There's probably nothing that cuts more quickly to the core of a small-business owner's sense of purpose than losing a client or customer. It's an eventuality, in almost every business, but it still puts the fear of failure right into the heart of most entrepreneurs.
Of course, a client firing us is one thing. But what happens if you need to fire your own customer?
While this can seem counterproductive—after all, you're trying to earn sales, not lose them—it's also sometimes the right thing for a business owner to do. To protect the people you employ and the business you've built, the best thing, and sometimes the only thing, you can do is to bring a customer relationship to its end.
To help you determine when that's the right course to take, let's look at three key triggers that should prompt you to bring a transaction with a client or customer to a swift and final close.
End Of The Line
Owning a small business doesn't mean continually trying to serve someone who's shown they can't be pleased. And that old business slogan—the customer is always right—well, that's only accurate some of the time.
Whether you're handling merchandise or creating ads, writing copy or designing a new house, there's a fine line between difficult customers and toxic ones. Knowing where to draw that line is a skill you can learn. Here are three typical situations that should start you thinking about making your endgame moves.
1. Abusive behavior. When a client's curses and insults start to fly, your next moves become critical. First, end the abusive conversation swiftly. Empower your employees to do the same. As Debra Ellis of Wilson & Ellis Consulting points out, "Expecting your service team to take undeserved punishment increases stress and reduces morale."
Before such damage can spread, a remedial move is to set out the rules of interaction with the problematic customer one last time, and then make it clear that the next incident will result in you terminating transactions once and for all.
2. Stranded without tools. When your customer places demands upon you or your staff that they then don't provide the needed materials to satisfy, it can leave you feeling stranded. For instance, you can't make someone's website copy sing if you can't get access to the information your customer wants you to include in it, and you can't start pouring concrete until your client signs off on the blueprints. Worse, dealing with complaints from customers about your lack of results in these situations puts you at a painful kind of crossroads.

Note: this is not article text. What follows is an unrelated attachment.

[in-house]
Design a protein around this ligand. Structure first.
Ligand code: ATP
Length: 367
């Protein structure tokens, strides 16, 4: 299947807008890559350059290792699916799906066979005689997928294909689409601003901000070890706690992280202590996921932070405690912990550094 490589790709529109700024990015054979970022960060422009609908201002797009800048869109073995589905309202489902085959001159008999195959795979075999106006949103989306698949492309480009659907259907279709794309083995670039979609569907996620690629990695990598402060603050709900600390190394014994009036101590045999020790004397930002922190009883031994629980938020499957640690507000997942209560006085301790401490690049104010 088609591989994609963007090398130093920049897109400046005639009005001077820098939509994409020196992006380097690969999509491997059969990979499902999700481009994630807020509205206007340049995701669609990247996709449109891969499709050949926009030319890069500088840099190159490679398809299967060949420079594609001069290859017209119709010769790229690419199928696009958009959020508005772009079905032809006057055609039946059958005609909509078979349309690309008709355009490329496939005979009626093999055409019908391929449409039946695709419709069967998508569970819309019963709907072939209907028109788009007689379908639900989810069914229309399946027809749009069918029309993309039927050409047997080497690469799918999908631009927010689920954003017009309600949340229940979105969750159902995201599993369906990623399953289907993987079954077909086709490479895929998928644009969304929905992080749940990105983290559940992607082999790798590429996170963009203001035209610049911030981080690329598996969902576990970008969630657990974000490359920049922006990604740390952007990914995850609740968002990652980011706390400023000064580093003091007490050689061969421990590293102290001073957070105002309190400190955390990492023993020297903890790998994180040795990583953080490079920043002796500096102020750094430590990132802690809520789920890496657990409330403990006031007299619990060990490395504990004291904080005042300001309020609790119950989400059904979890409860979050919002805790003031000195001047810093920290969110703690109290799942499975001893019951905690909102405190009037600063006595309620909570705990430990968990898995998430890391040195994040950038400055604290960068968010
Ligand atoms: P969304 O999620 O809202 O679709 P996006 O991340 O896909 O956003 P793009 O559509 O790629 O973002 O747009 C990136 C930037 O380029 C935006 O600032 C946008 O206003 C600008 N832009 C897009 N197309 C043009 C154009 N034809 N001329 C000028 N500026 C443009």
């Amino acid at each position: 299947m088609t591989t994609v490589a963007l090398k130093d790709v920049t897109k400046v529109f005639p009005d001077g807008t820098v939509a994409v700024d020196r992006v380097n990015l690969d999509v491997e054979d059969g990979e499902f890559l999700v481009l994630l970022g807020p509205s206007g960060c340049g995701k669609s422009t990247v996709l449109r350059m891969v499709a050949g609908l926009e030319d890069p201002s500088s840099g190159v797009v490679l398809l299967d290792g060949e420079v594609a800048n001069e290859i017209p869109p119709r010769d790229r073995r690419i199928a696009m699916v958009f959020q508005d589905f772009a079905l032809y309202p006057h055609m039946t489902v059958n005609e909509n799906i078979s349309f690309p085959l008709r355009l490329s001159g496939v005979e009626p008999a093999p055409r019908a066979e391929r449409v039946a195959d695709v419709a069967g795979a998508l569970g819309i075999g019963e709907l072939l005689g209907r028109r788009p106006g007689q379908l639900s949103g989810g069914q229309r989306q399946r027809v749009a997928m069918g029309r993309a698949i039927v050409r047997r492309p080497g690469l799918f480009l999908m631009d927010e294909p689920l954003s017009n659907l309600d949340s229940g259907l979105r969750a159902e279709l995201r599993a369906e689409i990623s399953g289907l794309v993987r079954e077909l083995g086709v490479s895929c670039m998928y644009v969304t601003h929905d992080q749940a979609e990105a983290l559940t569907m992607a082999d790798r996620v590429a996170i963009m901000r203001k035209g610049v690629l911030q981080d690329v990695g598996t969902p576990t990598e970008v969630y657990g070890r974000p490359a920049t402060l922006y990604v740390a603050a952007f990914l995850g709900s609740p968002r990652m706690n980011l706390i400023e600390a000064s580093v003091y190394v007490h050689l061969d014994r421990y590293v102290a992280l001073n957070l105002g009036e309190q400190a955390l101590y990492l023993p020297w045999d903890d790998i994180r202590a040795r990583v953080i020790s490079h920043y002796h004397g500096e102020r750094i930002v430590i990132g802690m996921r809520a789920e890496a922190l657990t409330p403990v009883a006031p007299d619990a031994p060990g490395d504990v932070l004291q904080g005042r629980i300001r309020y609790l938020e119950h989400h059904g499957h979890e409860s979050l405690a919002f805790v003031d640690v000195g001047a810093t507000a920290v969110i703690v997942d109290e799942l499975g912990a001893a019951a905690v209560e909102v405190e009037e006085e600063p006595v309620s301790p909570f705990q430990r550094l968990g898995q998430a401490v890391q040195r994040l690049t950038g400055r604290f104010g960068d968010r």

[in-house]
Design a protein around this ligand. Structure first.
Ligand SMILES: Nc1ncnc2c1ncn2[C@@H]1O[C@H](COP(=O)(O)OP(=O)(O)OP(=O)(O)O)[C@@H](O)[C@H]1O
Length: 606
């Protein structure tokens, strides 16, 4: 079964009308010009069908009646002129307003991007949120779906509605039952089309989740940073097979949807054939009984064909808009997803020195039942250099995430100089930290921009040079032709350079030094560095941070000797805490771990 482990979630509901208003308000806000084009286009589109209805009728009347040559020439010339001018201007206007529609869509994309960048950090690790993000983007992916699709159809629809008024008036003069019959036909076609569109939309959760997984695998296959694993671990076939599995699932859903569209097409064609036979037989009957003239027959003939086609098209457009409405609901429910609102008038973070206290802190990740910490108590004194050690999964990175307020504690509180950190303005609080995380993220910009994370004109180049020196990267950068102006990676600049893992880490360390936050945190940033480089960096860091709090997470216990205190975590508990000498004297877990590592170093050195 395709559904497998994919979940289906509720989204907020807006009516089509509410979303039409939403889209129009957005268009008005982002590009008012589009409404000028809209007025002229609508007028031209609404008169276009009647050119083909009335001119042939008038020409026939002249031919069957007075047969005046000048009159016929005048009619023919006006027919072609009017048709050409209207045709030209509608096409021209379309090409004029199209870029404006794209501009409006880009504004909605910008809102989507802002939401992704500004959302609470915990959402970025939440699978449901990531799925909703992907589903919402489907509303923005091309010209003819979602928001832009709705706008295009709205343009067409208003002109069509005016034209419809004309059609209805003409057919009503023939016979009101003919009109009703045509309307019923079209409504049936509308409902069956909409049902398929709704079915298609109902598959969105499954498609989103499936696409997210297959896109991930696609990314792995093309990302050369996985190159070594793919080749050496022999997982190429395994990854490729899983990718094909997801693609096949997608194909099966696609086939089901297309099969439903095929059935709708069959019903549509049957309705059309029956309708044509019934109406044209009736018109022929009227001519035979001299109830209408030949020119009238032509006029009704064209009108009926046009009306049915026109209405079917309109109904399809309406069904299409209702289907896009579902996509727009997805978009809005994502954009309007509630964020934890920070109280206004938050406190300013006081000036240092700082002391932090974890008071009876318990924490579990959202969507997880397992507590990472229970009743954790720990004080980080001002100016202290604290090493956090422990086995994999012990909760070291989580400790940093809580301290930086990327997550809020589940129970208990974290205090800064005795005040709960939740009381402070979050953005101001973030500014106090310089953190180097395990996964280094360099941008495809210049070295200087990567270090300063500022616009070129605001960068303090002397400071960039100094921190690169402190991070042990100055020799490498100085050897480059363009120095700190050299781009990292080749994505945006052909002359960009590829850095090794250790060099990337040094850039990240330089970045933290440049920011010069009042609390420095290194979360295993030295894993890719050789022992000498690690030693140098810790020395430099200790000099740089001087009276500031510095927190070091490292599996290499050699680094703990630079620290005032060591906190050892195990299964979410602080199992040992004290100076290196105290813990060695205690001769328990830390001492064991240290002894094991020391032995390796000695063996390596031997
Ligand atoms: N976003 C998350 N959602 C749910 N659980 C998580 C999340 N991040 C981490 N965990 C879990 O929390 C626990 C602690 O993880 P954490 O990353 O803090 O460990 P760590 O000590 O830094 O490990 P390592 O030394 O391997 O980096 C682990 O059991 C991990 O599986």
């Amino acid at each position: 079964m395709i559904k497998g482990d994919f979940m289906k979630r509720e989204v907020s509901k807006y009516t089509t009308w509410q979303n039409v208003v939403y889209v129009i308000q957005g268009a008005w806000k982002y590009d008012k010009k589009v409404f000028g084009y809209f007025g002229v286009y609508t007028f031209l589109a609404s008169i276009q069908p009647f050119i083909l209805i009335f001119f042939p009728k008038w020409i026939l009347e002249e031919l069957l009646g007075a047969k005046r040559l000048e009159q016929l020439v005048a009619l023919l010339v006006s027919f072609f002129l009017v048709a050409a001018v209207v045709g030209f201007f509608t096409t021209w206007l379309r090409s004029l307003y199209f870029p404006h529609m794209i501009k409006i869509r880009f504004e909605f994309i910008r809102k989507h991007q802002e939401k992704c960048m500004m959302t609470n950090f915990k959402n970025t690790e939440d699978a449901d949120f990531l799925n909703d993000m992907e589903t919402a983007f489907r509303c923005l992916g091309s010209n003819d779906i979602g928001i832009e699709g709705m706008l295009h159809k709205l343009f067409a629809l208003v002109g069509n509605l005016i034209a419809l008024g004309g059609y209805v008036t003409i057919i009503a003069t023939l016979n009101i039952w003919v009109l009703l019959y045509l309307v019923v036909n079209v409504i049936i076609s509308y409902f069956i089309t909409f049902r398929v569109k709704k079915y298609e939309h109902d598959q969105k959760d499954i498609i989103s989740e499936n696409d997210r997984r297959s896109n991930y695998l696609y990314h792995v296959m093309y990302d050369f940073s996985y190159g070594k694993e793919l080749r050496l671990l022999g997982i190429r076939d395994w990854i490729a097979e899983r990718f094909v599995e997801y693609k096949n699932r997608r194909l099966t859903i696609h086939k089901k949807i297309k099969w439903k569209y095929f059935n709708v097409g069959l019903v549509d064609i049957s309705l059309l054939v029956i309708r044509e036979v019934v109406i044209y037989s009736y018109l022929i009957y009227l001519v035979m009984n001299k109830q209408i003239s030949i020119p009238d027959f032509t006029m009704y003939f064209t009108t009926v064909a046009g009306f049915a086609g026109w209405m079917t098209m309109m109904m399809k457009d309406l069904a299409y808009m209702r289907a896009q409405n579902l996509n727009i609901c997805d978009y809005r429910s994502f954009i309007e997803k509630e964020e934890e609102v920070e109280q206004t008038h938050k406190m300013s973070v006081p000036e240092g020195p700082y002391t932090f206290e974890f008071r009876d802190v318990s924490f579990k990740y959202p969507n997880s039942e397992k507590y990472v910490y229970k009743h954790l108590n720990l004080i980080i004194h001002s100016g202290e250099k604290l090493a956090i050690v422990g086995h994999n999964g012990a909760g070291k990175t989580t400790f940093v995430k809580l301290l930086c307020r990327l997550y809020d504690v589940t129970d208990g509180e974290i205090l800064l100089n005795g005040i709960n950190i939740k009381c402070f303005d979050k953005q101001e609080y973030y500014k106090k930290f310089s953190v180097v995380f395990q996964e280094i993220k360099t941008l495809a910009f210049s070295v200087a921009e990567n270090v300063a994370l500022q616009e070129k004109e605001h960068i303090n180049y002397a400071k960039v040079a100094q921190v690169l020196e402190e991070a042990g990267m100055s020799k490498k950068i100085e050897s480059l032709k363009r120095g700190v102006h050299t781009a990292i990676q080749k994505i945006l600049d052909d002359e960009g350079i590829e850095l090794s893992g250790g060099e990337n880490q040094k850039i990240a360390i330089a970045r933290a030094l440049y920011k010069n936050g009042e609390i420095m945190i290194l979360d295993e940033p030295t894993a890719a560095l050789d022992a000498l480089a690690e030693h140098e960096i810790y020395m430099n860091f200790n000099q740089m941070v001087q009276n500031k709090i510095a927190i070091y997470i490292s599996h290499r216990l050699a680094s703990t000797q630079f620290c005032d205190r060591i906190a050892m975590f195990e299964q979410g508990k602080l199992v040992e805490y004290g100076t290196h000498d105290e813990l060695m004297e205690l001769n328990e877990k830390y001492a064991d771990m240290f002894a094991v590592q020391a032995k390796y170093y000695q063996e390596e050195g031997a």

At a certain point, you can agree to work with a customer who doesn't cooperate but takes the blame for the slow progress. Or you can stick with a complaint-prone client but one who gives you what you need. But you can't keep working with a customer who both complains and fails to supply you with materials to get the job done.
3. Excessive workflow disruption. You want to be there when a customer or client calls, and you want to provide them with the sense that their project is under your best care and control, but sometimes a situation spirals out of hand. Too many calls per day, expectations that you'll drop all other deadlines for their job, and just plain ignoring the fact that sudden schedule changes topple balanced workflows: These are all steps along the road to a client relationship that has to end.
The Final Word
When the time comes to fire your customer, what exactly should you do?
Patricia Schaefer, a staff writer at Business Know-How, recommends a professional approach. "Without placing blame or fault, explain that you feel he or she would be served better by going elsewhere, that you're just not the right fit for them," Schaefer writes. "Give a referral, if possible, to another provider."
From there, start to incorporate what you've learned into the way you take on clients and customers going forward. Ask questions about workflow and deliverables, and where you'll get the data and materials you'll need to complete the required work. Be sure to ask for references to a previous or current client.
With experience, you should be able to detect some of these problem spots before you find yourself en route to them again. In the end, you'll fire less and invoice more: That's the goal of a healthy customer roster, for any small-business owner.
Freelance writer James O'Brien, PhD, covers business, technology, travel, food, wine, home improvement, writing and news. He's the author of a new book on writing, The Indie Writer's Survival Guide.
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